Errors were costly on both sides. The Tigers committed five errors, while only allowing one hit. McCall-Donnelly allowed four hits, but also committed three errors in the loss.

                          Ontario went 9-for-9 on stolen bases against the Vandals' catcher.

                          "We knew their regular catcher was not here and took advantage of them moving their junior varsity catcher up for this game," Ontario head coach Randy Simpson said.

                          The Vandals scored first, in the nightcap, on a RBI double by Jamie Peterson, driving in Abby Andrew from first base. The Tigers answered in the bottom of the inning with a RBI single by Jaimi Arant.

                          Kylie Roberts put Ontario on top for good with a sacrifice fly in the bottom of the second inning. The Tigers tacked on another run later in the same frame to take a 3-1 lead.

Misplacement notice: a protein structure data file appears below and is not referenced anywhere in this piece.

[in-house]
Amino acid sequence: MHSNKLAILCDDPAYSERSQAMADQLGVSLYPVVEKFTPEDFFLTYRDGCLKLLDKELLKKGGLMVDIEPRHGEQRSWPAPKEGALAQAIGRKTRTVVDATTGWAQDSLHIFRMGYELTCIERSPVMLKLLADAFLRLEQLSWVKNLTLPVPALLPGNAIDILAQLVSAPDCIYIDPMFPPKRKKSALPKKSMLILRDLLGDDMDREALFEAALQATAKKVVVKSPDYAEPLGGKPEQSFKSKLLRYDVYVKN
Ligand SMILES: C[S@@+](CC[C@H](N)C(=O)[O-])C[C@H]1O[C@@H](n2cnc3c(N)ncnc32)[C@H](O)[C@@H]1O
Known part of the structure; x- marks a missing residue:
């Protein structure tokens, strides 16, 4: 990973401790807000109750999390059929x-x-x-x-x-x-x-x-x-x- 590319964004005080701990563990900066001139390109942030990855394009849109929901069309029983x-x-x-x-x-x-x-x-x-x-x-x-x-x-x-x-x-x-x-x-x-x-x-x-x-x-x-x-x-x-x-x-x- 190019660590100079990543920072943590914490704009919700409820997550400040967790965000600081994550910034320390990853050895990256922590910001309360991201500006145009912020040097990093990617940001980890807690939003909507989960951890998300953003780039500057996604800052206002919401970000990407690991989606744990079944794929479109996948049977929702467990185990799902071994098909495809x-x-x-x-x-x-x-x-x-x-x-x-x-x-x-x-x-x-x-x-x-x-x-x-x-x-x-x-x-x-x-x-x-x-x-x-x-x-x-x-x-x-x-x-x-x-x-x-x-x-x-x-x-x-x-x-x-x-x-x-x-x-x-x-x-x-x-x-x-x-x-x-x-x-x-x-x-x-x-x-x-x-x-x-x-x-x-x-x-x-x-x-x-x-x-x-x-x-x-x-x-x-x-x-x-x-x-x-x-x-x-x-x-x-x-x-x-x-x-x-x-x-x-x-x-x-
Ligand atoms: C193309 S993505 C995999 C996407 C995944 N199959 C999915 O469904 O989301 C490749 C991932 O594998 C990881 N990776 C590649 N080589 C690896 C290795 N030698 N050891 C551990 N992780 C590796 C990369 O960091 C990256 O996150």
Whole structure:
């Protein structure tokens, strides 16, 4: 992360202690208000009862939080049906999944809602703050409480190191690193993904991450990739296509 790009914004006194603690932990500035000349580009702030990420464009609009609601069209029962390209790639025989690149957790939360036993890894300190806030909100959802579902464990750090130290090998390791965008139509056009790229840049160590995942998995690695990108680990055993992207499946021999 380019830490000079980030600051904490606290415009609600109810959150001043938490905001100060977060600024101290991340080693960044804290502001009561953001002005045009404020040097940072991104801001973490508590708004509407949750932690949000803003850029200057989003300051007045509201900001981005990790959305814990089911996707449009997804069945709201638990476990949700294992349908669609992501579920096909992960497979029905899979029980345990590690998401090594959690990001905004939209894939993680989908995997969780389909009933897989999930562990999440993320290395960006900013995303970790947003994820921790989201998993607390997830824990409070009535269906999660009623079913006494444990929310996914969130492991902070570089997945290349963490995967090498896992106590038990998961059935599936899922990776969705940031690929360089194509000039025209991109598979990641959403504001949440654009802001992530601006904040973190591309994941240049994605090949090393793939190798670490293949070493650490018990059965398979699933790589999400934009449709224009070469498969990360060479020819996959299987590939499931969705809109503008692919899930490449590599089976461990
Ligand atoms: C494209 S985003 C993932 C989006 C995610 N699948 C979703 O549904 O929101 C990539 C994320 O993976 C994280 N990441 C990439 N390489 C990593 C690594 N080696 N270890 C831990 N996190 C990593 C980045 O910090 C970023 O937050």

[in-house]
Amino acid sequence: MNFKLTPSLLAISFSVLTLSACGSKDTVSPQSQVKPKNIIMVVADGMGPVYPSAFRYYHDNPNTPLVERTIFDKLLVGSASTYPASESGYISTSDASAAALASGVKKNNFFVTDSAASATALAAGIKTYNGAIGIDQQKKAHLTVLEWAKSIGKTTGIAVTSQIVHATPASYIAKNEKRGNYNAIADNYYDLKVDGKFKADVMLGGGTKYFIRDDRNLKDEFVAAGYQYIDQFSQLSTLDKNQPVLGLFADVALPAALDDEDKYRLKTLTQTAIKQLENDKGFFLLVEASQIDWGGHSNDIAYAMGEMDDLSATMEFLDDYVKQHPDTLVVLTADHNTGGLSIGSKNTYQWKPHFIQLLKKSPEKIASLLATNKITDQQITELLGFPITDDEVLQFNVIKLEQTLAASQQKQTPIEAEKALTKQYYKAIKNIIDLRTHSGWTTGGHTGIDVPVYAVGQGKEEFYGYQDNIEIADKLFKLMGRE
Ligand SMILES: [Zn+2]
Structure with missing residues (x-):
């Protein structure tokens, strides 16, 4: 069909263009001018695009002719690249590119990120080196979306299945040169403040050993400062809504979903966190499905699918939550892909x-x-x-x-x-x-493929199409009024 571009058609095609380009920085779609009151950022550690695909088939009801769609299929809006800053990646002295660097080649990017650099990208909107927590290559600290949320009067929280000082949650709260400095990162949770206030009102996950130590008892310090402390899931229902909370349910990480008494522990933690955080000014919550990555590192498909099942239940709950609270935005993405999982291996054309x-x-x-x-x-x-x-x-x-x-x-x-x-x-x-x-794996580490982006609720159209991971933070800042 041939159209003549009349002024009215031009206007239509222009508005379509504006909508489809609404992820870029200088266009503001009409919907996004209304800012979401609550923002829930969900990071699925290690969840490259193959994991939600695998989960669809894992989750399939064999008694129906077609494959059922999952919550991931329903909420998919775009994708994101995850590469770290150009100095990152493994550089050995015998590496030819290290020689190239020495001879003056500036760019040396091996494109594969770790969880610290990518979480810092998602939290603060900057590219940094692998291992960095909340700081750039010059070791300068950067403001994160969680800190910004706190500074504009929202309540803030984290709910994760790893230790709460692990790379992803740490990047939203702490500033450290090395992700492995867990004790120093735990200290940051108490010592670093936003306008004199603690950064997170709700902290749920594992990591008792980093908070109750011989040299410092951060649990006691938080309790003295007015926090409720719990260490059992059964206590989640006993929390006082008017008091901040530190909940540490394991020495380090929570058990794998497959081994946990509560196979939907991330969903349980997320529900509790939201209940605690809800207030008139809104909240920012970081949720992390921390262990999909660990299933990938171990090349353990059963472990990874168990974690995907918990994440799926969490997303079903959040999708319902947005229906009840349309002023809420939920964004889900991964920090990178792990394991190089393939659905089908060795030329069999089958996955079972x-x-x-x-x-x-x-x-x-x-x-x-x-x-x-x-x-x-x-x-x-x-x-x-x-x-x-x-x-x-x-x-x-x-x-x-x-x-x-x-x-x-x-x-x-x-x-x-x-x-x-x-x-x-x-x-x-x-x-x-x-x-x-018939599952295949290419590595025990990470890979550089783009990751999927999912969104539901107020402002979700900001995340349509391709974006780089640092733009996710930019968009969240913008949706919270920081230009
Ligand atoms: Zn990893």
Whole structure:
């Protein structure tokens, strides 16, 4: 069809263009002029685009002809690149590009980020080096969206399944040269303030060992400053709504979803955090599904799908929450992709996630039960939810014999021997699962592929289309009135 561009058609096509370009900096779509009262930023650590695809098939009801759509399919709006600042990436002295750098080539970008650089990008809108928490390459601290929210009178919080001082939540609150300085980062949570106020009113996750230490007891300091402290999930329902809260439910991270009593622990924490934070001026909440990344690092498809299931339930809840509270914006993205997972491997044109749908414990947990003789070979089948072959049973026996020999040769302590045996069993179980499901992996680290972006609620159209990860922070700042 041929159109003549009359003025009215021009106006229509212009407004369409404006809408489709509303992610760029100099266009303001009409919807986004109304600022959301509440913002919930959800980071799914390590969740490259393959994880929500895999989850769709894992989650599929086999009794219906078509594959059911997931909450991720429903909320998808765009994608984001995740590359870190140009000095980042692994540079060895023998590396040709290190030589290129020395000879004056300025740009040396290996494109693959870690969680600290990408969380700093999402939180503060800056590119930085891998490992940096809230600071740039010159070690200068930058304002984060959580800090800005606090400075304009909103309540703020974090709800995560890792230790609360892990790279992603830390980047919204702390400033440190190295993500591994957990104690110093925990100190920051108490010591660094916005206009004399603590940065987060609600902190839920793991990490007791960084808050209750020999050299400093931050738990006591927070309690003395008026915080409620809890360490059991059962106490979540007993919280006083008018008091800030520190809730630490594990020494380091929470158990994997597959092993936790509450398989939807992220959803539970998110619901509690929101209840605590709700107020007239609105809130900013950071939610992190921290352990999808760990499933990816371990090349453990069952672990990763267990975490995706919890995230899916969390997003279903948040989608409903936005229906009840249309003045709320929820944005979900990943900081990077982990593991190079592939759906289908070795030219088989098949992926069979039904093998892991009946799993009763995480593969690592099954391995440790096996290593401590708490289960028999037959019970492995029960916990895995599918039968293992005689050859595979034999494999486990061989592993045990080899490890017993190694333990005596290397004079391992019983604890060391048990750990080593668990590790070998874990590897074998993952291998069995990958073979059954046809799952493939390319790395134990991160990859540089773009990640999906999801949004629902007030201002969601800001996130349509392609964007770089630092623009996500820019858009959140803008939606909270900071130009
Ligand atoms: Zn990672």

"We are still having mental breakdowns, not true errors, just mental breakdowns," Simpson said. "We have to be more savvy in these games. I was happy with only one error in that second game."

                          McCall-Donnelly head coach Bill Shipley was also happier with the play of his team in the second game compared to the first game.

                          "I think we really took care of our errors after that first game," Shipley said. "Our pitcher (Dana Shipley) is hitting her spots now and we are letting our defense play defense."

                          The Vandals were just happy to be playing outdoors even with the loss. Due to snow, McCall Donnelly continues to practice in the school gym, only reaching the fields in New Meadows twice this season for an outdoor practice.

                          "We continue to get better the more we can play outdoors," Shipley said. The Vandals (5-4 overall) have next week off for spring break and begin league action against Payette, Monday, April 11.

                          The Tigers now patiently wait for their Greater Oregon League opener on Thursday when they host Baker.

                          Tigers roll to sweep, April 6, 2005

                            William Anderson Argus Observer